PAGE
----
Storysharing in Schools is funded by the Paul Hamlyn foundation. Openstorytellers are aware that children build personal identities through sharing stories about themselves (often through social and ‘new’ media): we are looking at how this works for young people who need support to communicate.
Storysharing celebrates the little, everyday, reportable things we see and do – placing value on peer groups, active listening, and self-esteem.
How the project is run
Over three years, class-based Storysharing interventions will be brought to 60 students with complex needs. Staff and teaching assistants will be trained in Storysharing techniques, and students will work across year groups to support each other’s learning. Storysharing is delivered during class time. Curriculum overlaps include English, Speaking and listening, ICT, art, and PSHE. Students build on their skills in recall, narration, listening, recording and sharing of their own experiences. Storysharing uses multi sensory approaches, signing, communication aids, objects of reference, sound, music and technology in addition to the spoken word. Stories are recorded using a variety of techniques including collages, scrapbooks, ‘story clouds’, comic strips, animated apps, pop up story houses, paintings, memory boxes. These archives create a student-centered record for each class.
Storysharing is power!
The young people bring their stories to their annual reviews, part of a person-centered approach that gives the student a voice at a time when choices about the future are very important. ’Storysharing ambassadors’ use story in decision-making situations such as the School Council.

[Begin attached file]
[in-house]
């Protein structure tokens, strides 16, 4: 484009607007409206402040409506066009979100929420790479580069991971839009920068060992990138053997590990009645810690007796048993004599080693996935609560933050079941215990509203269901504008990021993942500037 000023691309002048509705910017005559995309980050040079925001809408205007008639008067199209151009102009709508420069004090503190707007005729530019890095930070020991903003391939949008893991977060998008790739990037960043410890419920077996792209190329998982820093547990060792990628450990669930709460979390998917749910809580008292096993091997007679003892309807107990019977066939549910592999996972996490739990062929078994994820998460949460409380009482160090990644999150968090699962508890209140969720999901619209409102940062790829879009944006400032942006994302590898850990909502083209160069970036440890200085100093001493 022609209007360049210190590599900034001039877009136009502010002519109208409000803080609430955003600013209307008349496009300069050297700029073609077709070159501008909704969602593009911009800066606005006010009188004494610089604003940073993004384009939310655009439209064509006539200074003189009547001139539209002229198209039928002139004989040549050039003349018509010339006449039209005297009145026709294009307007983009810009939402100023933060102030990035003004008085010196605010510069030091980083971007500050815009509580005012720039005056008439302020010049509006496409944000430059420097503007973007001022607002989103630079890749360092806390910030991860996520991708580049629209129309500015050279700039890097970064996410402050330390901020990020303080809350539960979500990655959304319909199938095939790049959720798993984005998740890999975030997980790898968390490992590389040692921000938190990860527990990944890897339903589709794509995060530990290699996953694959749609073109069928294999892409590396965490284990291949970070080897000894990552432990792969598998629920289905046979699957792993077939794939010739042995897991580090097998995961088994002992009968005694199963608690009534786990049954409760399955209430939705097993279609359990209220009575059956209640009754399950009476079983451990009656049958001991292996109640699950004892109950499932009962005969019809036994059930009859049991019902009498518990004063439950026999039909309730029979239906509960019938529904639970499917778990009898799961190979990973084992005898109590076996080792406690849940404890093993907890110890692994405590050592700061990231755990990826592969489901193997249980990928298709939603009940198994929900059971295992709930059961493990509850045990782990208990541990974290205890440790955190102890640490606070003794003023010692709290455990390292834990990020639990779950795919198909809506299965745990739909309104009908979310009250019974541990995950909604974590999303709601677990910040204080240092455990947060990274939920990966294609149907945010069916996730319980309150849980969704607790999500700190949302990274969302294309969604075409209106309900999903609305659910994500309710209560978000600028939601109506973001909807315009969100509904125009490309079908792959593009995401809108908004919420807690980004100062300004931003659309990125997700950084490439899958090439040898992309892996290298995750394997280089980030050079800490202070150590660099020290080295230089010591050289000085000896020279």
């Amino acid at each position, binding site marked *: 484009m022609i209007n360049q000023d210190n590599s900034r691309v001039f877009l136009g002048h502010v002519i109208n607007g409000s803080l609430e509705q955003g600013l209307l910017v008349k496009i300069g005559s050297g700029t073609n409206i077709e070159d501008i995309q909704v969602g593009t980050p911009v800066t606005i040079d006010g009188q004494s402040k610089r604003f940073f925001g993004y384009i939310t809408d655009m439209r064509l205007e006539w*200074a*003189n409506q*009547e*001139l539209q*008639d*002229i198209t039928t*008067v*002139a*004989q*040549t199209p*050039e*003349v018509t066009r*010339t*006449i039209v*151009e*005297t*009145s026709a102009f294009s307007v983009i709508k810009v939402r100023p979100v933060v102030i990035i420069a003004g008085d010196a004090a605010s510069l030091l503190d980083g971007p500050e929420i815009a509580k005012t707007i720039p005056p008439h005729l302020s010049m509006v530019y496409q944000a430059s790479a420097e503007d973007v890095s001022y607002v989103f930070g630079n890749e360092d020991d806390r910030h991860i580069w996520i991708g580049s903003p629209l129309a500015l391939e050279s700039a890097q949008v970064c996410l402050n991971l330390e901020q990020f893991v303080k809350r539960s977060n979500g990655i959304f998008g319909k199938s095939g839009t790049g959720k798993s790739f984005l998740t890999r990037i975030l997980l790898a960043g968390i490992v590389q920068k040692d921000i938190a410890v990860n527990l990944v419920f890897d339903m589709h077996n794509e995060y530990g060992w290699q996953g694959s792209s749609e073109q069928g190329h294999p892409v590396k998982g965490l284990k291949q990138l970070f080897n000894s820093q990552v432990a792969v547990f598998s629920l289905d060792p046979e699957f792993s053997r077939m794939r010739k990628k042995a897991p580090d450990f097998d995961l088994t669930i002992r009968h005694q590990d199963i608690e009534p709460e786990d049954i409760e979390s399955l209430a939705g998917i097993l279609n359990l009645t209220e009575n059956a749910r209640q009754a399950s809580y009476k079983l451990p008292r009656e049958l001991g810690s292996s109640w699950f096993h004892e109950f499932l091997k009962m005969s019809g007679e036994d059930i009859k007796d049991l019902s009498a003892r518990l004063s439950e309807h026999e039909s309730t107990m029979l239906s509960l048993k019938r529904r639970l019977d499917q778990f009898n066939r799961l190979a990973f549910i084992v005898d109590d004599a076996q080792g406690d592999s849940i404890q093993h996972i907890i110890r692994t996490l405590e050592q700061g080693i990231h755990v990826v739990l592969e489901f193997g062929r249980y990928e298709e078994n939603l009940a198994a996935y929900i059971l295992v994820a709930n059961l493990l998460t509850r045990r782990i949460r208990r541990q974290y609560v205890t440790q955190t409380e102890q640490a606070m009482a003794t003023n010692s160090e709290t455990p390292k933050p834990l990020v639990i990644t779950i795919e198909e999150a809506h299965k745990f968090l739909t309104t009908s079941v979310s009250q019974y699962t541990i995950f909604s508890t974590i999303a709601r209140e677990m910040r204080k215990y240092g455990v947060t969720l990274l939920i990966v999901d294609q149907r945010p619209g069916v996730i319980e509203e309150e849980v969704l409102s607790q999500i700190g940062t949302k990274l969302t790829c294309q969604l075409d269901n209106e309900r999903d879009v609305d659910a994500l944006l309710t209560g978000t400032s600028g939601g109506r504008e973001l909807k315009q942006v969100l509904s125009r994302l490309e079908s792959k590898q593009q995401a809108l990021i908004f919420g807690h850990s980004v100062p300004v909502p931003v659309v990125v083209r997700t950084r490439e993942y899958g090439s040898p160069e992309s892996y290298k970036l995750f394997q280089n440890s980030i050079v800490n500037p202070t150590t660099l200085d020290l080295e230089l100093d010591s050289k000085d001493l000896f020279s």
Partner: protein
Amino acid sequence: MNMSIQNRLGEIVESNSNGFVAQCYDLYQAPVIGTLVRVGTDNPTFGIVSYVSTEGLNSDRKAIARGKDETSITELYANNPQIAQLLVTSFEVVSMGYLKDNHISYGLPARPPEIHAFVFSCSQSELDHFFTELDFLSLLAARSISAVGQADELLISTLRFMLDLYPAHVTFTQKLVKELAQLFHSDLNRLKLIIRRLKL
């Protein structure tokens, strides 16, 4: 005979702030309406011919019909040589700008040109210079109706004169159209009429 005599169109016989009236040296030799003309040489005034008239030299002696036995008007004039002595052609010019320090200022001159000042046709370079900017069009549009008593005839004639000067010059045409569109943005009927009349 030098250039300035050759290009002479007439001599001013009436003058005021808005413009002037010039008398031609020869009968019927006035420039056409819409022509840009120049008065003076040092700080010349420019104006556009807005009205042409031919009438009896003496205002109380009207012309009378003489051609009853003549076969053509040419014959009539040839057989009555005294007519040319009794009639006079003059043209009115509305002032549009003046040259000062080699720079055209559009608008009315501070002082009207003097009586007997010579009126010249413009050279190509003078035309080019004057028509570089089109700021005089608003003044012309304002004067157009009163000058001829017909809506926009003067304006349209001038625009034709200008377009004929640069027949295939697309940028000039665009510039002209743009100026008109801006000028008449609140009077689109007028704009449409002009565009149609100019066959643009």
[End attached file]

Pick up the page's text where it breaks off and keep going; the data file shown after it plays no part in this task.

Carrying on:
Families are invited to join in. Story gathering sheets are sent home – all sorts of funny, exciting and important stories are sent back to school for everyone to share. We work closely with some families, making visits and encouraging Storysharing at home. The project provides a ‘Storysharing iPad’ and a mini video camera for families to borrow and use for recording stories.
Thanks to an additional grant from the Rayne Foundation, the Storysharing in Schools project is experimenting with new and emerging technologies as tools for capturing, recording and sharing personal stories. iPads are proving popular, as they are easy to use. New apps such as ‘Our Story’ and ‘Puppet Pals’ give the students opportunities to make records of their favourite stories, with the minimum of adult intervention.
The legacy of the project
It is a privilege working for three years in the same school. Openstorytellers are monitoring and evaluating the progress of this project to see what difference Storysharing can make to the school as whole, and to the individual young people as they make their journeys towards adulthood. We hope to be able to show that through Storysharing, young people who need the most support can feel more confident about showing others who they are and what they like to do. Final reports will be available by the end of 2014